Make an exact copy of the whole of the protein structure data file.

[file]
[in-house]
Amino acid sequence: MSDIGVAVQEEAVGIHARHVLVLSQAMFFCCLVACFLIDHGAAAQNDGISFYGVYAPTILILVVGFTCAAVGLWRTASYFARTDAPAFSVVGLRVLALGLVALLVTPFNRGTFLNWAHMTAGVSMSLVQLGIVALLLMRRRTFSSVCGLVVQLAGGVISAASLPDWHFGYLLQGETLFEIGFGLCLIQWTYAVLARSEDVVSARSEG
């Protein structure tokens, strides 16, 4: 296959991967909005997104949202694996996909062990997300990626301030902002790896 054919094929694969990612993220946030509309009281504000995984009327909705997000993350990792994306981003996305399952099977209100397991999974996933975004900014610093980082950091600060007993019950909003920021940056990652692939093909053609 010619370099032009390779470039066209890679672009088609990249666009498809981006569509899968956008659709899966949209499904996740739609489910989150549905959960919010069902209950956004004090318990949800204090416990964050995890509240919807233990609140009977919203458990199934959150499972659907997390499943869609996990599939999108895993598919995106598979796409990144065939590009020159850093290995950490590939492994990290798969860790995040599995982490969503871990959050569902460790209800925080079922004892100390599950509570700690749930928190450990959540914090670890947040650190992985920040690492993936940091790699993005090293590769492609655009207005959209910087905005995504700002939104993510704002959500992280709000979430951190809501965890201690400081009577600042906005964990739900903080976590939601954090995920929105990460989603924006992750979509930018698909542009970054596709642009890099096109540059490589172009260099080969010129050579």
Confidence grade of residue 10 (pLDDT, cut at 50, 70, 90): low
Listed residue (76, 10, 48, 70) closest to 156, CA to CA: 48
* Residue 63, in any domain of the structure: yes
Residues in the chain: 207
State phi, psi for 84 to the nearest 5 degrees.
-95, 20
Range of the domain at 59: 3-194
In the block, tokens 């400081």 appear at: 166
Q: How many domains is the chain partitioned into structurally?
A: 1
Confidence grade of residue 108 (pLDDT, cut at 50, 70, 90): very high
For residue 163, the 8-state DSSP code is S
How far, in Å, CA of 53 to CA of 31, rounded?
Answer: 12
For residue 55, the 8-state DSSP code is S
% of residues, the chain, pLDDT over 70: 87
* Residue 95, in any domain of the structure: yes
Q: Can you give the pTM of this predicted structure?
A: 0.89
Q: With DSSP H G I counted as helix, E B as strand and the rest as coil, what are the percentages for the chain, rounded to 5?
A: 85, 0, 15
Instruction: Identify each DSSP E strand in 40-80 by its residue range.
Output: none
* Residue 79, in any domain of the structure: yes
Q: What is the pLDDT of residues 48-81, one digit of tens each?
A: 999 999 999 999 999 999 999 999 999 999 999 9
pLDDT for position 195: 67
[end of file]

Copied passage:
[in-house]
Amino acid sequence: MSDIGVAVQEEAVGIHARHVLVLSQAMFFCCLVACFLIDHGAAAQNDGISFYGVYAPTILILVVGFTCAAVGLWRTASYFARTDAPAFSVVGLRVLALGLVALLVTPFNRGTFLNWAHMTAGVSMSLVQLGIVALLLMRRRTFSSVCGLVVQLAGGVISAASLPDWHFGYLLQGETLFEIGFGLCLIQWTYAVLARSEDVVSARSEG
């Protein structure tokens, strides 16, 4: 296959991967909005997104949202694996996909062990997300990626301030902002790896 054919094929694969990612993220946030509309009281504000995984009327909705997000993350990792994306981003996305399952099977209100397991999974996933975004900014610093980082950091600060007993019950909003920021940056990652692939093909053609 010619370099032009390779470039066209890679672009088609990249666009498809981006569509899968956008659709899966949209499904996740739609489910989150549905959960919010069902209950956004004090318990949800204090416990964050995890509240919807233990609140009977919203458990199934959150499972659907997390499943869609996990599939999108895993598919995106598979796409990144065939590009020159850093290995950490590939492994990290798969860790995040599995982490969503871990959050569902460790209800925080079922004892100390599950509570700690749930928190450990959540914090670890947040650190992985920040690492993936940091790699993005090293590769492609655009207005959209910087905005995504700002939104993510704002959500992280709000979430951190809501965890201690400081009577600042906005964990739900903080976590939601954090995920929105990460989603924006992750979509930018698909542009970054596709642009890099096109540059490589172009260099080969010129050579």
Confidence grade of residue 10 (pLDDT, cut at 50, 70, 90): low
Listed residue (76, 10, 48, 70) closest to 156, CA to CA: 48
* Residue 63, in any domain of the structure: yes
Residues in the chain: 207
State phi, psi for 84 to the nearest 5 degrees.
-95, 20
Range of the domain at 59: 3-194
In the block, tokens 């400081």 appear at: 166
Q: How many domains is the chain partitioned into structurally?
A: 1
Confidence grade of residue 108 (pLDDT, cut at 50, 70, 90): very high
For residue 163, the 8-state DSSP code is S
How far, in Å, CA of 53 to CA of 31, rounded?
Answer: 12
For residue 55, the 8-state DSSP code is S
% of residues, the chain, pLDDT over 70: 87
* Residue 95, in any domain of the structure: yes
Q: Can you give the pTM of this predicted structure?
A: 0.89
Q: With DSSP H G I counted as helix, E B as strand and the rest as coil, what are the percentages for the chain, rounded to 5?
A: 85, 0, 15
Instruction: Identify each DSSP E strand in 40-80 by its residue range.
Output: none
* Residue 79, in any domain of the structure: yes
Q: What is the pLDDT of residues 48-81, one digit of tens each?
A: 999 999 999 999 999 999 999 999 999 999 999 9
pLDDT for position 195: 67